While many states have found independent grounds in their own constitutions for Miranda warnings and have held their constitutions to provide wider protection than the United States Constitution, we will not consider that question until the issue is adequately presented and argued to us. We therefore will only consider Wethered's claims under federal constitutional law. The Court of Appeals is clearly correct under current federal rulings.
See Note, Miranda and the State Constitutions: State Courts Take a Stand, 39 Vand. L. Rev. 1693, 1717-34 (1986).
 The Court of Appeals relied primarily on the reasoning of the United States Supreme Court in Oregon v. Elstad, 470 U.S. 298, 84 L.Ed.2d 222, 105 S.Ct. 1285 (1985). In Elstad, the Court considered the admissibility of a confession given after Miranda warnings where the defendant had earlier confessed without being informed of his rights. The Court held that, absent deliberately coercive or improper tactics in obtaining the initial statement which would constitute an actual violation of the Fifth Amendment, the subsequent "Mirandized" confession is admissible. Elstad, at 314. Because Miranda provides greater protection than the Fifth Amendment, the Court held the exclusionary rule does not apply to all evidence derived from Miranda violations. Elstad, at 306-07.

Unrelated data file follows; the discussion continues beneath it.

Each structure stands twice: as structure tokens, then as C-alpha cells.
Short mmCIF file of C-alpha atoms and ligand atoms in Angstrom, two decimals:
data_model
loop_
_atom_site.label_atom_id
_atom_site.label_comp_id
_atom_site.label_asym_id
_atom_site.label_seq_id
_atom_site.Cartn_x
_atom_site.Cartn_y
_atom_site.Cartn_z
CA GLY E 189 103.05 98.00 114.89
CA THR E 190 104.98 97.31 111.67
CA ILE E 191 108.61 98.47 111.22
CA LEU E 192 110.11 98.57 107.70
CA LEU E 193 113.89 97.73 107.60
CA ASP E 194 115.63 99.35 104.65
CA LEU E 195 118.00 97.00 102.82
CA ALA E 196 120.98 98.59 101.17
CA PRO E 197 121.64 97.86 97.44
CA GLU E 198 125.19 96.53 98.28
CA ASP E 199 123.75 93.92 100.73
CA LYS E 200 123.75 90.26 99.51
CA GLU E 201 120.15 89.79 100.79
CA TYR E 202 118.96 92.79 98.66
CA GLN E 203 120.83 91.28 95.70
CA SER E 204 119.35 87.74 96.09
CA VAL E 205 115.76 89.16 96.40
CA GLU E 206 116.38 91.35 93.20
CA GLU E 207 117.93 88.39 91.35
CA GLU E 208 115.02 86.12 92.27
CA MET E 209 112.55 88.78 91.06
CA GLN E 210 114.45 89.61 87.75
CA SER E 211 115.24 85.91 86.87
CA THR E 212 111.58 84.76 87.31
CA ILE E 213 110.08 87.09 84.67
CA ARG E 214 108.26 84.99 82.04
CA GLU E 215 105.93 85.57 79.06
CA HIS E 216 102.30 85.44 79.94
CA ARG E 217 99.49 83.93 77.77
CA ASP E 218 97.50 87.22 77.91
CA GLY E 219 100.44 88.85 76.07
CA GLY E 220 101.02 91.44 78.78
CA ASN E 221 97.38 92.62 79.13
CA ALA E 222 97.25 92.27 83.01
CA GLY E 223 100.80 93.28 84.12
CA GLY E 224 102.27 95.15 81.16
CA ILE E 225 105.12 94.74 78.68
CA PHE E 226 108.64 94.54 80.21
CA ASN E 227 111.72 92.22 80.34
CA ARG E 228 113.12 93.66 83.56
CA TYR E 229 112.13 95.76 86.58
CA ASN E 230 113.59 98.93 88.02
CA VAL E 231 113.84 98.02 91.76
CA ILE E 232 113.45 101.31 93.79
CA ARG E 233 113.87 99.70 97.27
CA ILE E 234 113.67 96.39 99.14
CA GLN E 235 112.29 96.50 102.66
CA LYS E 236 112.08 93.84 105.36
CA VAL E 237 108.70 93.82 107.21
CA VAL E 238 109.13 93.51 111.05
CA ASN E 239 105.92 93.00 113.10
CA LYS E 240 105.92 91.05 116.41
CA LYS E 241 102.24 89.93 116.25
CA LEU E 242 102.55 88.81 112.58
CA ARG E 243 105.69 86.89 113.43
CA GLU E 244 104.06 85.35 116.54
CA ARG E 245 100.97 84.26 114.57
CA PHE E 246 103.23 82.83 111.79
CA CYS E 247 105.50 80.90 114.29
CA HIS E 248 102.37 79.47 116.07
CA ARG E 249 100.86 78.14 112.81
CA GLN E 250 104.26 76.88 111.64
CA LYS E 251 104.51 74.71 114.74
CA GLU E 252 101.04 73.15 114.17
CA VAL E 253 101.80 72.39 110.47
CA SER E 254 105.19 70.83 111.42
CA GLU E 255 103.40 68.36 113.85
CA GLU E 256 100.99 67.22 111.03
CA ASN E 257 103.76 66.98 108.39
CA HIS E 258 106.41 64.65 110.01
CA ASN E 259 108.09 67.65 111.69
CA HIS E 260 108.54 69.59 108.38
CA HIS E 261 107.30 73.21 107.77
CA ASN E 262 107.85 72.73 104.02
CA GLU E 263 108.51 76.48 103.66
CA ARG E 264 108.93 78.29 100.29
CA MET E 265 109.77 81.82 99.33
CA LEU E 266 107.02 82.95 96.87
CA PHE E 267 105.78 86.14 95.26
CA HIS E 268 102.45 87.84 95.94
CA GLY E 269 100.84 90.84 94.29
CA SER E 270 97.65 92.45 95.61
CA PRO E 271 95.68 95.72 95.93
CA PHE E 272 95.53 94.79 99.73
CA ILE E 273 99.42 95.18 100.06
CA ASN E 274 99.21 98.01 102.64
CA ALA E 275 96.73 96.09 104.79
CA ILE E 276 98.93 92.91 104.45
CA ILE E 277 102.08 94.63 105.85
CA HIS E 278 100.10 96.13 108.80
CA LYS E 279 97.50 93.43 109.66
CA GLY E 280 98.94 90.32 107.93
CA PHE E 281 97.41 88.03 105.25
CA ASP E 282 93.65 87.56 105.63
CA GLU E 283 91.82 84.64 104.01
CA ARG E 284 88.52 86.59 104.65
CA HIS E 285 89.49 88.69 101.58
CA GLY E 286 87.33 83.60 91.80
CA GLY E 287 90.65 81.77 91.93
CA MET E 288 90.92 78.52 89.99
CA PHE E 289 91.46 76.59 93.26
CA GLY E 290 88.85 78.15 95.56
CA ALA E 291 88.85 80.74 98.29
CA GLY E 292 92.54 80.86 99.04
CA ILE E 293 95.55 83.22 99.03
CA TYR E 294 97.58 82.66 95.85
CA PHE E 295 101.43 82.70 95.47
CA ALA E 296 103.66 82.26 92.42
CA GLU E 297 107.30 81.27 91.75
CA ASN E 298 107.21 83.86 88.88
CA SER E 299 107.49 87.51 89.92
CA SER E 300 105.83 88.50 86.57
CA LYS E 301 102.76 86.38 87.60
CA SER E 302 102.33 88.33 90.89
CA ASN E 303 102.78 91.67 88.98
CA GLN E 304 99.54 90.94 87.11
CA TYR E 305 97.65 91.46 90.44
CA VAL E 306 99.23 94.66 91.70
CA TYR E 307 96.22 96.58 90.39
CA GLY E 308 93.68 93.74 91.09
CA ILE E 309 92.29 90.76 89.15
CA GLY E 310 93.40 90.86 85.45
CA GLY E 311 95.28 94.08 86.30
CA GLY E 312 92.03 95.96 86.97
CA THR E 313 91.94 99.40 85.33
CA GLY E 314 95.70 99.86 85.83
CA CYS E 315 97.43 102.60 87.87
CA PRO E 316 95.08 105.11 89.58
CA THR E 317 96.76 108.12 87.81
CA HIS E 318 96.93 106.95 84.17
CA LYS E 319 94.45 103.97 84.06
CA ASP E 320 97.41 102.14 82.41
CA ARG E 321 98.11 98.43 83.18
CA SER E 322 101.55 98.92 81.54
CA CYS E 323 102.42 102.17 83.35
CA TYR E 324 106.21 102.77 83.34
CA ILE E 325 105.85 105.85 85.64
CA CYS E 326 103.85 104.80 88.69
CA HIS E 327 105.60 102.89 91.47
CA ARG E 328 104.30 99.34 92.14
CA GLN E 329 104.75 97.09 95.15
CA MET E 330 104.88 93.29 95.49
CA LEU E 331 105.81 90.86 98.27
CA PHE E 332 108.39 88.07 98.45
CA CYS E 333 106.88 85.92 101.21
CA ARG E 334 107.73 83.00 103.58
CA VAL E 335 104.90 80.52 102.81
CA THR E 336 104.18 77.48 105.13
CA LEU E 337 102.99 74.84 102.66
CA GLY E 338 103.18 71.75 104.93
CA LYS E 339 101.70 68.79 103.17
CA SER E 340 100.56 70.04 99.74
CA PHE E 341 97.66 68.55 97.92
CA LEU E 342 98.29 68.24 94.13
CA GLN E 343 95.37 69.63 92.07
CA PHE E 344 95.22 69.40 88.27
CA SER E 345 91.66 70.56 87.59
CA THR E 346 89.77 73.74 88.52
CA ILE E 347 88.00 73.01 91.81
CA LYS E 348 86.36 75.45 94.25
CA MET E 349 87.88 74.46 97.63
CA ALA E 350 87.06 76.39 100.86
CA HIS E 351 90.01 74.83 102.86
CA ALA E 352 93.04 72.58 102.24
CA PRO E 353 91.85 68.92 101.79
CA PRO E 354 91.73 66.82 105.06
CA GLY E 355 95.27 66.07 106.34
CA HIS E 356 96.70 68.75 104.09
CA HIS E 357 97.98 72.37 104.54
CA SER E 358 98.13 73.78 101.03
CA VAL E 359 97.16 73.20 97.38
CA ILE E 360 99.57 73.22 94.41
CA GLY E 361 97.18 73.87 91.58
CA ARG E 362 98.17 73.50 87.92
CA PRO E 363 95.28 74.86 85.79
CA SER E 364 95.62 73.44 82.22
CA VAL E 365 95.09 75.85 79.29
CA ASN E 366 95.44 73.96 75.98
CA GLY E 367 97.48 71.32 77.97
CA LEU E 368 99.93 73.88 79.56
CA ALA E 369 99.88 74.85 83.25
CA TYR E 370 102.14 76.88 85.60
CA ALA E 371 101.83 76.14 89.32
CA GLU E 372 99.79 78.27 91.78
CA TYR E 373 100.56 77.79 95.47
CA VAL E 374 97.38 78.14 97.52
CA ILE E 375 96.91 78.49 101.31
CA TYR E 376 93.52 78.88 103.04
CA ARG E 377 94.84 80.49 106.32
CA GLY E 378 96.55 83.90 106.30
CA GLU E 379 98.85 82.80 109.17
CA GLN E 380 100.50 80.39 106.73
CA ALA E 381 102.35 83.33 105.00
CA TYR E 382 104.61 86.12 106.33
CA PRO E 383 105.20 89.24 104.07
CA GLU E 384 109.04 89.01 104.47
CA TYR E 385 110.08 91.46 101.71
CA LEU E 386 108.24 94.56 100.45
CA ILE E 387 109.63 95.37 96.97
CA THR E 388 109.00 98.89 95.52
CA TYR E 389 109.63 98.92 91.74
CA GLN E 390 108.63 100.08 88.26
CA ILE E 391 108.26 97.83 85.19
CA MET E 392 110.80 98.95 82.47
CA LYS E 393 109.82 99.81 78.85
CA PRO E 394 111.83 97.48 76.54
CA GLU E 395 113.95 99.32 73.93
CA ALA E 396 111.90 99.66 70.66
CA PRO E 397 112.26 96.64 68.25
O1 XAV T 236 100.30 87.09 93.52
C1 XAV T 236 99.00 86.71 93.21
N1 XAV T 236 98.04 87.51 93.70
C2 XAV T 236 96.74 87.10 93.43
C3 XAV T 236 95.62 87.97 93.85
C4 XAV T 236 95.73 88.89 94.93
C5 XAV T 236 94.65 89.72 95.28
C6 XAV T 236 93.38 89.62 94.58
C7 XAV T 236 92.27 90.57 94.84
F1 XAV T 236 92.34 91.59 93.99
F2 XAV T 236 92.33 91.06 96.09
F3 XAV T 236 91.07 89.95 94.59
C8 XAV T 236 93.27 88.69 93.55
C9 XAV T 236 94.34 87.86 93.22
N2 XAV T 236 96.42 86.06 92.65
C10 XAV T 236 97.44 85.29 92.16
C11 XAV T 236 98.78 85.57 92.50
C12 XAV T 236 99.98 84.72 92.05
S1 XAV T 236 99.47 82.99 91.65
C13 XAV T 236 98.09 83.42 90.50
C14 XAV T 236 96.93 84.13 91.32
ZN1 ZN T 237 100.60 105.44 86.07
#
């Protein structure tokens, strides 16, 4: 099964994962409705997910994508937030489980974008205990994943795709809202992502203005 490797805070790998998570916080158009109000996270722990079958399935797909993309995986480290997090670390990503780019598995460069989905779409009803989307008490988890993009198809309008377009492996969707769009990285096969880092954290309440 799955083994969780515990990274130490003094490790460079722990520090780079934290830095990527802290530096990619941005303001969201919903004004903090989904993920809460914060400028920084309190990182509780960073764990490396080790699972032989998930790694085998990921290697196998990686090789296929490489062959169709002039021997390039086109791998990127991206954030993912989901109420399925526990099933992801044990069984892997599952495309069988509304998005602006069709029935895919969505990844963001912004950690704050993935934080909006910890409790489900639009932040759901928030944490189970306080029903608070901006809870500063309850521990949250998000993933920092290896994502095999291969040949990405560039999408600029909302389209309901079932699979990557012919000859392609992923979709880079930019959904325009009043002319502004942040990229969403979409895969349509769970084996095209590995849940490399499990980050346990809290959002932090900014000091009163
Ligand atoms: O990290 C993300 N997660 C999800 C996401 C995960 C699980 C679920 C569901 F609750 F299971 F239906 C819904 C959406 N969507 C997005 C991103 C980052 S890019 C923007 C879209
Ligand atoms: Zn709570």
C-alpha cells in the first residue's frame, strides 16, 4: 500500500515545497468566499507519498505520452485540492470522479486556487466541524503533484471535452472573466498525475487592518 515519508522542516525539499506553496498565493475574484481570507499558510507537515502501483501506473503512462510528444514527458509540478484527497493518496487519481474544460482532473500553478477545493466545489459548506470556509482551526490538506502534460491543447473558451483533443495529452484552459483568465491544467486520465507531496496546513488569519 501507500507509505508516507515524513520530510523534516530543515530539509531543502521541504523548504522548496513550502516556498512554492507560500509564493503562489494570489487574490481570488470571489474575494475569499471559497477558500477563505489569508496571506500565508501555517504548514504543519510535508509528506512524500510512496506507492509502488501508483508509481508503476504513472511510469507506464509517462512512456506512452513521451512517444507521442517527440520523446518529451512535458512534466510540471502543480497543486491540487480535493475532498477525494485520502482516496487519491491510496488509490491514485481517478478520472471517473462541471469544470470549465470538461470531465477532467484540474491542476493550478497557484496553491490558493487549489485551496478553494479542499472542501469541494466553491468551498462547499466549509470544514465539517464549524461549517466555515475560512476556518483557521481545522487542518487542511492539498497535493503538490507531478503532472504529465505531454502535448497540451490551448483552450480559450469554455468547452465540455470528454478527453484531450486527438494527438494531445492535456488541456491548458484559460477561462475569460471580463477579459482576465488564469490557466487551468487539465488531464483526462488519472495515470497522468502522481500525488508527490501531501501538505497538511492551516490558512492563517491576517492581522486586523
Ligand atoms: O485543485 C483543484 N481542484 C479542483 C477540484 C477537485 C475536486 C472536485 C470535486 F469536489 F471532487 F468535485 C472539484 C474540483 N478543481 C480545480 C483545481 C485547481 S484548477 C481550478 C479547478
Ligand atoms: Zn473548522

Because the Elstad opinion relies heavily on volition of the defendant as an insulating factor in successive-confession cases, it does not necessarily foreclose applying the "fruit of the poisonous tree" rule, see Wong Sun v. United States, 371 U.S. 471, 9 L.Ed.2d 441, 83 S.Ct. 407 (1963), where the evidence derived from the admission is physical. Elstad, at 318 (Brennan, J., dissenting). However, the majority of the Court has given other indications that the "fruit of the poisonous tree" rule does not apply where violations of the right to Miranda warnings do not involve actual coercion.